VBAC was no riskier for babies than planned cesarean.
By contrast, according to a Swiss study of 29,000 women with prior cesareans, women having planned cesareans for a subsequent birth were three times as likely to have hysterectomies as women planning VBACs: 1 in 220 versus 1 in 625. In addition, every time a woman elects a cesarean over a VBAC, she rolls dice that are loaded more and more heavily against her, especially if she desires more children.
Learn 6 risks of repeat cesareans and 3 conclusions the NEJM study really comes to
If obstetric intervention isn't about safety, then what the heck is it about?
Learn more about the biases against VBAC
Studies show that accumulating cesareans increase the risk of:
- chronic pain and bowel problems
- the embryo implanting outside of the uterus (ectopic pregnancy)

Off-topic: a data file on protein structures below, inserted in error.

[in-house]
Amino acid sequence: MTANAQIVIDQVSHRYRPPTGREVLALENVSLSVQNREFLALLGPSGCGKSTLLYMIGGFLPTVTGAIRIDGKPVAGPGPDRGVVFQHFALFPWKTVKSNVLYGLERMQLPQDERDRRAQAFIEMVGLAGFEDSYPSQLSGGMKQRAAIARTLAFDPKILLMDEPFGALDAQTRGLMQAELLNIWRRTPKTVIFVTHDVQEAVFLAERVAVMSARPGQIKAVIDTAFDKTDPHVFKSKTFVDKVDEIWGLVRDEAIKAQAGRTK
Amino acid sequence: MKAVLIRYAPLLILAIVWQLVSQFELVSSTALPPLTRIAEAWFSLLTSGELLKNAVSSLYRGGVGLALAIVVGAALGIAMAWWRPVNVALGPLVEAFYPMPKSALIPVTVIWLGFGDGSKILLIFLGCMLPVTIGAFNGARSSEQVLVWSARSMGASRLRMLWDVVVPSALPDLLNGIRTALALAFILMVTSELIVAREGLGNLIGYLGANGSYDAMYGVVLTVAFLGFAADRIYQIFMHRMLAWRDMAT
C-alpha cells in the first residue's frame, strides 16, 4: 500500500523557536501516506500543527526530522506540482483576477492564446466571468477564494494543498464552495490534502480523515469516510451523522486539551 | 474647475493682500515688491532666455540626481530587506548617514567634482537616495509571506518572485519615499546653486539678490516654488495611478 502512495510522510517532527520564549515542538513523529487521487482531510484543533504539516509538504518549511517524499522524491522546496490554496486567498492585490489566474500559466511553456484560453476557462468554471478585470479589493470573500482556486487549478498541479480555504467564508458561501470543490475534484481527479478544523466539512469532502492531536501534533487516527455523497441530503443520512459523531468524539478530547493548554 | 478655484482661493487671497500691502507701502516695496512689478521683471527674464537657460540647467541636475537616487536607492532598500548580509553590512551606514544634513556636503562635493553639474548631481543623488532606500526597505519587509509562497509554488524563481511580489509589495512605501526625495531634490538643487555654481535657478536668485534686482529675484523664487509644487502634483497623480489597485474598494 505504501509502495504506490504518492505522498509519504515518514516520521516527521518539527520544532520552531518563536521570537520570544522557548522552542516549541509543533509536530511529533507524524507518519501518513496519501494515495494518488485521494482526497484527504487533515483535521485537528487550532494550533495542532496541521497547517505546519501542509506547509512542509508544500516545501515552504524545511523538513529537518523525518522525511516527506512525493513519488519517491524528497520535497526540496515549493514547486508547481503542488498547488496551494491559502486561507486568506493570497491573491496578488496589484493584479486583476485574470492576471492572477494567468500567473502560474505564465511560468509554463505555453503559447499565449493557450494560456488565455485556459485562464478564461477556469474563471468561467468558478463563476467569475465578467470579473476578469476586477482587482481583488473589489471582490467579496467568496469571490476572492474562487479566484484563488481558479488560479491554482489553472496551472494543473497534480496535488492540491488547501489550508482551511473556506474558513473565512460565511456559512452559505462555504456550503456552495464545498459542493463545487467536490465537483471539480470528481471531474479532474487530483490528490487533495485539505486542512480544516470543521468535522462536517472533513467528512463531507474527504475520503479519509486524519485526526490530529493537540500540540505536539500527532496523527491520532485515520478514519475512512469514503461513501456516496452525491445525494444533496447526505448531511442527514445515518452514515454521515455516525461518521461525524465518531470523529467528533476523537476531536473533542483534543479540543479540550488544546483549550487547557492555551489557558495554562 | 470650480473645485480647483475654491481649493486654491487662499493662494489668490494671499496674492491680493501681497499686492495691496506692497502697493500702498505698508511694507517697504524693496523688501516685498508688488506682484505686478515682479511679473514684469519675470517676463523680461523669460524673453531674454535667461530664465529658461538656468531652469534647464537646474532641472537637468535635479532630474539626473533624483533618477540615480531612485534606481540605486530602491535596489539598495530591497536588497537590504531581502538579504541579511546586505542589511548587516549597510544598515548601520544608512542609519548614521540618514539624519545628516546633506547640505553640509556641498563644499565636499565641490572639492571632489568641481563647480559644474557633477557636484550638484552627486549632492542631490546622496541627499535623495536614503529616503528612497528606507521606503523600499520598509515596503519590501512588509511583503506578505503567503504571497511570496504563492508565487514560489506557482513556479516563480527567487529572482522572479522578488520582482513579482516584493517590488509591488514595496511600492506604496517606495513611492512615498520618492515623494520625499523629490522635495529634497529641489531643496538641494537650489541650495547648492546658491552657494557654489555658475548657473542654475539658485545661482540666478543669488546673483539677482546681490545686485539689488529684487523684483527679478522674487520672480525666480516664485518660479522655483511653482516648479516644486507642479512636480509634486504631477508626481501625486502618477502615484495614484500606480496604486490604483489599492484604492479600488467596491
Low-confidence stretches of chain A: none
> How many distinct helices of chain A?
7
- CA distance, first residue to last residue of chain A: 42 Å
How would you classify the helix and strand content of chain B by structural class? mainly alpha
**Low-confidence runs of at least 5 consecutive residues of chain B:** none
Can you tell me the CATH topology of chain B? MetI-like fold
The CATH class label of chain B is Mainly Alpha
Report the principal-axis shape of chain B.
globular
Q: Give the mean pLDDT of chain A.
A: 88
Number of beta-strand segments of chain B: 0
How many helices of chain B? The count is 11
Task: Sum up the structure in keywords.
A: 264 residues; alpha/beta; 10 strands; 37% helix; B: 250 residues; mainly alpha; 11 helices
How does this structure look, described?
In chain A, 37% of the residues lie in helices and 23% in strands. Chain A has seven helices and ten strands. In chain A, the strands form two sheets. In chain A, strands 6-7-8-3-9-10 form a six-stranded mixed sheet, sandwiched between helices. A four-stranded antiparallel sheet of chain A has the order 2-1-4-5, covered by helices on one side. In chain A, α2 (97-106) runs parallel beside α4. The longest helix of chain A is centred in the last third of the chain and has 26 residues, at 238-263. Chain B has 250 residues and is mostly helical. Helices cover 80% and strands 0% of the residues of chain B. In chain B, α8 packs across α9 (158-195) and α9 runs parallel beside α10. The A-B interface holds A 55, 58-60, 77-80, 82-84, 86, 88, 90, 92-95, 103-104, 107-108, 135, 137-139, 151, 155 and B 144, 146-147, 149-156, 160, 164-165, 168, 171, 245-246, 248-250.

- the placenta overlaying the cervix (placenta previa)
- the placenta detaching before the birth (placental abruption)
- the placenta growing into or through the muscular wall of the uterus (placenta accreta or percreta).
The last three are life-threatening; placenta accreta particularly so. Planned repeat cesarean also puts babies at risk for breathing difficulties. One problem, persistent pulmonary hypertension, can be deadly.
Objective readers of the New England Journal study would conclude neither that VBAC was unduly risky nor even that VBAC women should never be induced.